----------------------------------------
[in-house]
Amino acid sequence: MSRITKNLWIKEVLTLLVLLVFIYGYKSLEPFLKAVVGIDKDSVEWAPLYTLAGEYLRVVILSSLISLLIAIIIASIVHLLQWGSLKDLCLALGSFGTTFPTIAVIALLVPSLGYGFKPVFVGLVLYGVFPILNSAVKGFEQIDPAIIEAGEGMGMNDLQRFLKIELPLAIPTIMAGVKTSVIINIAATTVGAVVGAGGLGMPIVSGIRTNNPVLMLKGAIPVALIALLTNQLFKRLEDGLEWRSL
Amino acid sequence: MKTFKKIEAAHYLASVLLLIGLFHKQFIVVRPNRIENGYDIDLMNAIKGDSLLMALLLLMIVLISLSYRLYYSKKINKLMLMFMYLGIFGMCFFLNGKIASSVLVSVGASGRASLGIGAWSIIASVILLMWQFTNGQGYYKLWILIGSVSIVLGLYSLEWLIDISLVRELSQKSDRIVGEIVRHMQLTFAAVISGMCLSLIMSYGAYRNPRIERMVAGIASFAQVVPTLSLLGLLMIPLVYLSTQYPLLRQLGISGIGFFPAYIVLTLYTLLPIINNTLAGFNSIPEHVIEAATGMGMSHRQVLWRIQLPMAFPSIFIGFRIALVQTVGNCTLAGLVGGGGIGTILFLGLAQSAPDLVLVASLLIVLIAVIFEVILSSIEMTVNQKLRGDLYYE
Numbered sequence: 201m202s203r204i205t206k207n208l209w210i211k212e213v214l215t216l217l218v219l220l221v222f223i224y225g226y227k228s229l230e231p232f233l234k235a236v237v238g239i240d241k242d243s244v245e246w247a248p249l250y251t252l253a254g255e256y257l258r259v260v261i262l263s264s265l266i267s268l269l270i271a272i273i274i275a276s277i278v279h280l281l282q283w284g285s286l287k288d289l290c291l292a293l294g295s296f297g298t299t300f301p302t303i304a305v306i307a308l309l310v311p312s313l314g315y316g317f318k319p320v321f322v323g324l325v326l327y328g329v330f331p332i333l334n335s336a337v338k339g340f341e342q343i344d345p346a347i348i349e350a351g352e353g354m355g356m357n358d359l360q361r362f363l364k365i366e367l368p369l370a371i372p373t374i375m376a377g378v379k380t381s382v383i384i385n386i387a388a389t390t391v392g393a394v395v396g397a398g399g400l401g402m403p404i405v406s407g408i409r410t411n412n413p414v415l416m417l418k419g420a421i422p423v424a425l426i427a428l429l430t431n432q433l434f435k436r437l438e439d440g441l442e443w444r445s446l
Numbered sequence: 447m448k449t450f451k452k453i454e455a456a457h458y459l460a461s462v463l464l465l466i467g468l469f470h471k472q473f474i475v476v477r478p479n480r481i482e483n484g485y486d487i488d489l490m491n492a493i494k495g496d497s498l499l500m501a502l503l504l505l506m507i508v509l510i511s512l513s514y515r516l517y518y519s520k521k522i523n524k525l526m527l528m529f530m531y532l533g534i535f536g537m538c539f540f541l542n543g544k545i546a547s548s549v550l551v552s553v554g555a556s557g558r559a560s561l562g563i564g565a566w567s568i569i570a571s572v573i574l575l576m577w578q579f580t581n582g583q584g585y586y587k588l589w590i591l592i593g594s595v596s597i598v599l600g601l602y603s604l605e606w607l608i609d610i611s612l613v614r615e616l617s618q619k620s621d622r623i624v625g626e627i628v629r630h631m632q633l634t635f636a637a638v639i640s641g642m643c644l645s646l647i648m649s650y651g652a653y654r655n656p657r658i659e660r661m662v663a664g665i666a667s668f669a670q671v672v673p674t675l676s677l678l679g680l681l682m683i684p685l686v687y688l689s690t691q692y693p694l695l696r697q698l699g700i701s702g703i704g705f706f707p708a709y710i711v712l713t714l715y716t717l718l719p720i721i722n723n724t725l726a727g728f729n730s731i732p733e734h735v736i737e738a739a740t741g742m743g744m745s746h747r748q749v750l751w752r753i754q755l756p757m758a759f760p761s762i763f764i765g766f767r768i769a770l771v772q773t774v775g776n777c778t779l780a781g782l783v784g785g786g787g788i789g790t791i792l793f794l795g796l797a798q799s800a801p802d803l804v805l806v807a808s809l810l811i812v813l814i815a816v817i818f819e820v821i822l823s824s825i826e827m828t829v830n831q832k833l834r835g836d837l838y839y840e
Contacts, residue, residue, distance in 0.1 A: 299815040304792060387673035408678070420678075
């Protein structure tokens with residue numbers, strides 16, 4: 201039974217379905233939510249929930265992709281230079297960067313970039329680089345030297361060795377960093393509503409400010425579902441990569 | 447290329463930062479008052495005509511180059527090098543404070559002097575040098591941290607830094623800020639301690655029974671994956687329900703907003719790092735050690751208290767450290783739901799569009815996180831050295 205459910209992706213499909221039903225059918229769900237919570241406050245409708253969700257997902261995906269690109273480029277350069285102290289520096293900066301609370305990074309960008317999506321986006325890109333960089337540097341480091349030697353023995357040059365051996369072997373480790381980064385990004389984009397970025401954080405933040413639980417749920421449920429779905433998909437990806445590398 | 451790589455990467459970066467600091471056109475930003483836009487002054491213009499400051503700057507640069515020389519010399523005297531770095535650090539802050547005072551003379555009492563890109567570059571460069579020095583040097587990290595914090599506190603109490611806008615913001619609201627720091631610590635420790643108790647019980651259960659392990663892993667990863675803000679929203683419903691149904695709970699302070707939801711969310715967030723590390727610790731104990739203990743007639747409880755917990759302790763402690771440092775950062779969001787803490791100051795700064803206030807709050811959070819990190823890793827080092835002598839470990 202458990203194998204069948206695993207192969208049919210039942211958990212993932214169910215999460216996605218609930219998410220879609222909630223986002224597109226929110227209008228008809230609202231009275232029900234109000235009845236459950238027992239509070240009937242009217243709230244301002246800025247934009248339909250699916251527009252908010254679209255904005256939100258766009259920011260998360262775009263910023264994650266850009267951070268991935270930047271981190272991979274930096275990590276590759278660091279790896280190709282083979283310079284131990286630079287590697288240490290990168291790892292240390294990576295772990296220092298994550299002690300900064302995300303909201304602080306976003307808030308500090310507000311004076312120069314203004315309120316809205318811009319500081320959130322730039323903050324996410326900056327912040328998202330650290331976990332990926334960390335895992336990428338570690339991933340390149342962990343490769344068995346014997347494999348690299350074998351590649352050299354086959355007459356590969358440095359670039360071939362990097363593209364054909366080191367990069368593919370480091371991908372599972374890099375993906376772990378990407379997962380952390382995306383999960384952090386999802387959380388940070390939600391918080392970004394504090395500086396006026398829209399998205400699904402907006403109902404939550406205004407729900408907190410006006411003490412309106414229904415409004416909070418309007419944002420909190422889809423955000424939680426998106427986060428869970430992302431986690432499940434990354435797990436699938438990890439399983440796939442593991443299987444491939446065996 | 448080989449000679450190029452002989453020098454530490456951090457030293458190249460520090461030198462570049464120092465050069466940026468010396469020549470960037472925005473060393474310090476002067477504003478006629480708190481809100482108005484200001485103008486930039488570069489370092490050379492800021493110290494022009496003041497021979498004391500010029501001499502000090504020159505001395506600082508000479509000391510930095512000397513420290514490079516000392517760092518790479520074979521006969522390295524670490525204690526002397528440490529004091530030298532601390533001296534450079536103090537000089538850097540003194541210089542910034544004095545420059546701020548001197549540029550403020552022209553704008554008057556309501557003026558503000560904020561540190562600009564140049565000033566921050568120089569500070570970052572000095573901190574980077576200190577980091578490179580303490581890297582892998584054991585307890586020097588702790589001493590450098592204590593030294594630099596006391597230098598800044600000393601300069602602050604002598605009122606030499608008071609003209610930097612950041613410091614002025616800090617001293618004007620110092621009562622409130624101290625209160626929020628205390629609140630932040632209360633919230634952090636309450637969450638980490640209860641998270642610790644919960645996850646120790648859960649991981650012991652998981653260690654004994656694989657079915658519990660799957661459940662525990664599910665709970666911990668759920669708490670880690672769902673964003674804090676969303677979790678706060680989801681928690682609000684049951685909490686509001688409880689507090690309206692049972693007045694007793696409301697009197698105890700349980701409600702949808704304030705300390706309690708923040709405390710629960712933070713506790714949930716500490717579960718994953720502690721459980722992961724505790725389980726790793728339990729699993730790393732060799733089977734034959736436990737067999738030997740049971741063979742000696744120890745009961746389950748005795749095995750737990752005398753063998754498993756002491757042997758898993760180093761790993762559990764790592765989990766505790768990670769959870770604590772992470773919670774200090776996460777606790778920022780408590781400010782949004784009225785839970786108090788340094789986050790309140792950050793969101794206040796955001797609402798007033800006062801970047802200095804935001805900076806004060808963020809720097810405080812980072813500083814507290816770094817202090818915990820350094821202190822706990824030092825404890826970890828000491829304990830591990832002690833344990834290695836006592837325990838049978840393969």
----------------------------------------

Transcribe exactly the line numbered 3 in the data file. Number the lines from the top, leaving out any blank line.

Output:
Amino acid sequence: MKTFKKIEAAHYLASVLLLIGLFHKQFIVVRPNRIENGYDIDLMNAIKGDSLLMALLLLMIVLISLSYRLYYSKKINKLMLMFMYLGIFGMCFFLNGKIASSVLVSVGASGRASLGIGAWSIIASVILLMWQFTNGQGYYKLWILIGSVSIVLGLYSLEWLIDISLVRELSQKSDRIVGEIVRHMQLTFAAVISGMCLSLIMSYGAYRNPRIERMVAGIASFAQVVPTLSLLGLLMIPLVYLSTQYPLLRQLGISGIGFFPAYIVLTLYTLLPIINNTLAGFNSIPEHVIEAATGMGMSHRQVLWRIQLPMAFPSIFIGFRIALVQTVGNCTLAGLVGGGGIGTILFLGLAQSAPDLVLVASLLIVLIAVIFEVILSSIEMTVNQKLRGDLYYE